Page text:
Why “I’m Not a Rapist” Means Nothing

In Zen Buddhism, Ango is a three-month period of intensive study and practice. One aspect of Ango is that members of a Zen center study the precepts. These are guidelines for ethical conduct that have been passed on by ordained Buddhist priests across the millennia. My Zen center is headed by an ordained male priest, and the most visible members and priests-in-training are, with a few notable exceptions, also men.

Two years ago, we began to discuss the precept to not misuse sexuality. I was saddened but not surprised that there was no mention of sexual assault, rape, coercion, and consent.

When I introduced it, I was astonished by the reaction.

Men I did not even know responded with “But I’ve never raped anyone.”

“Wow,” I said. “I didn’t say you had. I just said we should talk about how rape would definitely fall under misusing sexuality. I’m sure we can agree on that.”

But this disingenuous and completely unrelated I would never response became so consistent and overwhelming that it effectively shut down the conversation. Those few men (but mostly women) interested in discussing how consent and assault relate to the precept retreated into private messages with me.

The men who had co-opted the conversation and used it to deny accusations that hadn’t even been made were effectively saying I’m a good person, so I shouldn’t have to think about this.

*             *             *

Western culture has been obsessed with rape for millennia, going back at least to ancient Greece. Much later, in the 17th century, rape was a hot topic for Baroque painters, and artists as diverse as Rembrandt, Tintoretto, Peter Paul Rubens, Artemisia Gentileschi, Poussin (his The Abduction of the Sabine Women shown above), and Le Sueur revisited rapes from ancient Greece and the Bible. They filled vast canvases with fleshy female bodies, bare arms raised to heaven, eyes rolled in terror. But the terror is undeniably alluring, orgasmic even. The women are either naked, their skin gleaming as the inside of a clam shell, or in various states of undress. The men withdraw into the deep shadows of chiaroscuro, leering at or snatching the bodies laid bare like fruit at a feast. Poussin even sneaks in an ass-grab.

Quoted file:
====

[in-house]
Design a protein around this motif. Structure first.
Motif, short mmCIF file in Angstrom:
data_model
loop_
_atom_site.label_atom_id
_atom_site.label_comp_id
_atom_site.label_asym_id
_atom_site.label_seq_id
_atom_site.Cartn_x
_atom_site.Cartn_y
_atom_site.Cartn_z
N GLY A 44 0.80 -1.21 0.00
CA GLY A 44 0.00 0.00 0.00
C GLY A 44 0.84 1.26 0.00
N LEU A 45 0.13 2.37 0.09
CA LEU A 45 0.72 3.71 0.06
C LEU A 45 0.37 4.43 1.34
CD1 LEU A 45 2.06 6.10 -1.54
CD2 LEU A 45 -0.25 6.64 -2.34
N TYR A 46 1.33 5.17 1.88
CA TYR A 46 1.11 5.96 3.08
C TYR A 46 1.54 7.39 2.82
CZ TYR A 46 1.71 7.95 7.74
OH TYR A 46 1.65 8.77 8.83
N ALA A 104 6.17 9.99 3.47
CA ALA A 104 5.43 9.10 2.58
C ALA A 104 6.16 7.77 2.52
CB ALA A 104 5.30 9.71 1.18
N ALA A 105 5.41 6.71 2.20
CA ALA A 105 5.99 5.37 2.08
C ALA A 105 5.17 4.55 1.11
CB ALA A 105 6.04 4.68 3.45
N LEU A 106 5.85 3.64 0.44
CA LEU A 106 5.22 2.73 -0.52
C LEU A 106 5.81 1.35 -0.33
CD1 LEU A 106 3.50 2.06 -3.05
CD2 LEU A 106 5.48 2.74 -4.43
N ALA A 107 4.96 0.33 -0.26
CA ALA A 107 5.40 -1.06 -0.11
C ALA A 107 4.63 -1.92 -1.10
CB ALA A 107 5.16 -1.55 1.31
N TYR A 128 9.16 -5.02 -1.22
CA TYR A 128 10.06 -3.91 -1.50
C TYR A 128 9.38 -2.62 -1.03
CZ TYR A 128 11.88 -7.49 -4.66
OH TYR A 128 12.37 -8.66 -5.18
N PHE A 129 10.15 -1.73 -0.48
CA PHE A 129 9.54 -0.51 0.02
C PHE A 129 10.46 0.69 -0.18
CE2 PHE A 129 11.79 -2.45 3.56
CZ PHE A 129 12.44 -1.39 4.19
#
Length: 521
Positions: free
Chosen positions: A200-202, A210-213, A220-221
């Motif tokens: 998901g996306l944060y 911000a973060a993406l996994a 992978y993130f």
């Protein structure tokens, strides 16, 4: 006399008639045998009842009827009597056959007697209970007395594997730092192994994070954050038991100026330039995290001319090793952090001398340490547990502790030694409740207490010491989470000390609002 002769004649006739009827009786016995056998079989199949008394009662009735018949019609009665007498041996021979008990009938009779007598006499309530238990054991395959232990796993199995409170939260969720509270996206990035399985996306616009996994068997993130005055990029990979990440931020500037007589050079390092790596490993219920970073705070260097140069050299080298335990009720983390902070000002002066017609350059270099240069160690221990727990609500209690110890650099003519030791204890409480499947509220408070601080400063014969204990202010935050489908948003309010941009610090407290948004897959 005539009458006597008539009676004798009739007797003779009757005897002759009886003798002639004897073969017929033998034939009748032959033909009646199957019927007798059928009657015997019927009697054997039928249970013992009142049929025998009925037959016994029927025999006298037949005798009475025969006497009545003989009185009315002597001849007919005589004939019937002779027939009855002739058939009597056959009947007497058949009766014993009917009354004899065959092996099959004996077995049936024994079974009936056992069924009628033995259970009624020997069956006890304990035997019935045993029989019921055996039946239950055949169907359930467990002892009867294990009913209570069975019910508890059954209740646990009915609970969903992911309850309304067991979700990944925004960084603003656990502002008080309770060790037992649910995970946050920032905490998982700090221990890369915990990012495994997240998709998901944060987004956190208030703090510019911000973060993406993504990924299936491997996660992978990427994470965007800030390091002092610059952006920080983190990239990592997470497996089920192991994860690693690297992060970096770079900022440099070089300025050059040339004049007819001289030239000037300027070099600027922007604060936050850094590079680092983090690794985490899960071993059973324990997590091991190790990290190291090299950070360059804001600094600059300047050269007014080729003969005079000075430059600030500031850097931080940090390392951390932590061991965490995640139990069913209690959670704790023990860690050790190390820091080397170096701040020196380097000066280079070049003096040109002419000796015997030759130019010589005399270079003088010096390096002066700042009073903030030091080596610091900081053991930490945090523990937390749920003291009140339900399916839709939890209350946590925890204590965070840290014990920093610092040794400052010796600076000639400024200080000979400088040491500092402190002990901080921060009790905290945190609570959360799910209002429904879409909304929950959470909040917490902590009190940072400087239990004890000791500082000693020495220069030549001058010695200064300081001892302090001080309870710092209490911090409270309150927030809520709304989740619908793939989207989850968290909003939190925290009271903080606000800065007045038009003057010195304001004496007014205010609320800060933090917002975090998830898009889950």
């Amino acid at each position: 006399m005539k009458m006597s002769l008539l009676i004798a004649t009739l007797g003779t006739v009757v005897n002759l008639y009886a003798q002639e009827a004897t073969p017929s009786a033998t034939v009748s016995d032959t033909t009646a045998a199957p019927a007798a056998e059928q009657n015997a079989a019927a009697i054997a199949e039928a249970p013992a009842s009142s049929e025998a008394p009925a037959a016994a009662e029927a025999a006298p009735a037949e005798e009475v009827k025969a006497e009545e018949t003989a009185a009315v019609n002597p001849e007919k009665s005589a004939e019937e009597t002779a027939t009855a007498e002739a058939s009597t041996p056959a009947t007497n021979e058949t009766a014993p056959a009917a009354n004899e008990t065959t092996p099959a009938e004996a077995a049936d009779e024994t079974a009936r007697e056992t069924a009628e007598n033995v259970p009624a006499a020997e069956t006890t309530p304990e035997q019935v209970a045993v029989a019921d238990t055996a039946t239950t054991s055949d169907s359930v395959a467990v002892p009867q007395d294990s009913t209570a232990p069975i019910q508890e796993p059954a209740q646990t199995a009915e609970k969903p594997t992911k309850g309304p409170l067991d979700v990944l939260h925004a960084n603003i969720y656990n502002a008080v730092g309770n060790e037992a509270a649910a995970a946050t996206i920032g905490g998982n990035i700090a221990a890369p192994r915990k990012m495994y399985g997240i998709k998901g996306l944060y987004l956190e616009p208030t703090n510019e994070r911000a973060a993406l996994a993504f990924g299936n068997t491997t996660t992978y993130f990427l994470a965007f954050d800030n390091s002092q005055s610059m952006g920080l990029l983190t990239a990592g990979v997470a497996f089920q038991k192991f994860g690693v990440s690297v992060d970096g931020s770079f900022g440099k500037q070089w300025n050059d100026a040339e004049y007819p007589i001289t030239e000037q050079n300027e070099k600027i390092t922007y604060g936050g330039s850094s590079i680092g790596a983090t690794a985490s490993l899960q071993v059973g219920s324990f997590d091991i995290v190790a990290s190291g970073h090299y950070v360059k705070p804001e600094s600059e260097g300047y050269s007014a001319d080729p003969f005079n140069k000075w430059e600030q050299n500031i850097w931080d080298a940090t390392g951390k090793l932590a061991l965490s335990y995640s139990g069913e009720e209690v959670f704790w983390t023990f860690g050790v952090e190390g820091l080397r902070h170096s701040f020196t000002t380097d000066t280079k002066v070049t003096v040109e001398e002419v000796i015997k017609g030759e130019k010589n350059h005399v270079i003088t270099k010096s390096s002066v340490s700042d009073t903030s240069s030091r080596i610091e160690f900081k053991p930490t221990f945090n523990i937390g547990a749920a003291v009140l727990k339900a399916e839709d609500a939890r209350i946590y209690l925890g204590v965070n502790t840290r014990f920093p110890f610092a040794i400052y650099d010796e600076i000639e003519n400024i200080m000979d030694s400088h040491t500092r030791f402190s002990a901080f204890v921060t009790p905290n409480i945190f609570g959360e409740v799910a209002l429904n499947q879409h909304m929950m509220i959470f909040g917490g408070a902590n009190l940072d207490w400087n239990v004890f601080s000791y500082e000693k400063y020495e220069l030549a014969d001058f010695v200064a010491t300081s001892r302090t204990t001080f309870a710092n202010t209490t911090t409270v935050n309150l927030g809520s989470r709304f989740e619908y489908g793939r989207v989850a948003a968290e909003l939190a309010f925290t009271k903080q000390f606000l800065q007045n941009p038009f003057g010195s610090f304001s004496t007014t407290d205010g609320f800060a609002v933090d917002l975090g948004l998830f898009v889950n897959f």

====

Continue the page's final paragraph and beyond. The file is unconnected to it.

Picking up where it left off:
But this wasn’t just a trend. Europe and North America can boast centuries of art  celebrating nonconsensual sex. We have only to look at novels, television, and film to see how often rape is romanticized. From Mr. Rochester grabbing Jane Eyre and threatening to force himself on her in 1847 to James Bond routinely grabbing and kissing women who cross his path, popular culture is littered with sexual assaults that are presented as romance. Whether we watch a hero who just won’t take no for an answer (Say Anything and Mad Men) or a film that depicts a woman’s captivity as sexy (Star Wars: Episode VI and Black Snake Moan), we learn at a young age that real men know what they want and take it. And real women resign themselves to it with an erotic moan.

Even at 11, I daydreamed of wearing a copper bikini like my hero Princess Leia and being chained to a wall. When I played with my dollhouse, Ken grabbed Barbie’s waist and threw her on the tiny bed whispering, “You’re mine. All mine.”

And the women in these fantasies? They said the same things they said in every Hollywood assault I had ever seen.

Nothing at all.

*             *             *

Good men do think about rape and consent. Even if it scares them, they know the outcome is worth the temporary discomfort. I often think about how different my life, and my health, would be if all those men who attacked me over the decades had been a little bit braver. A little bit more willing to engage with their privilege.

Maybe I would never have been assaulted at all.

“I’m not a rapist” is such an unhelpful statement because it signals an unwillingness to engage with the deeper question of how to be anti-rapist (to borrow from anti-racist). It takes patterns of behavior we’ve all been socialized to engage in—women believing their desirability is bound up with catering to men and denying their own desires, and men reaping the benefits of that without a second thought—and sweeps them under the rug with a single sentence.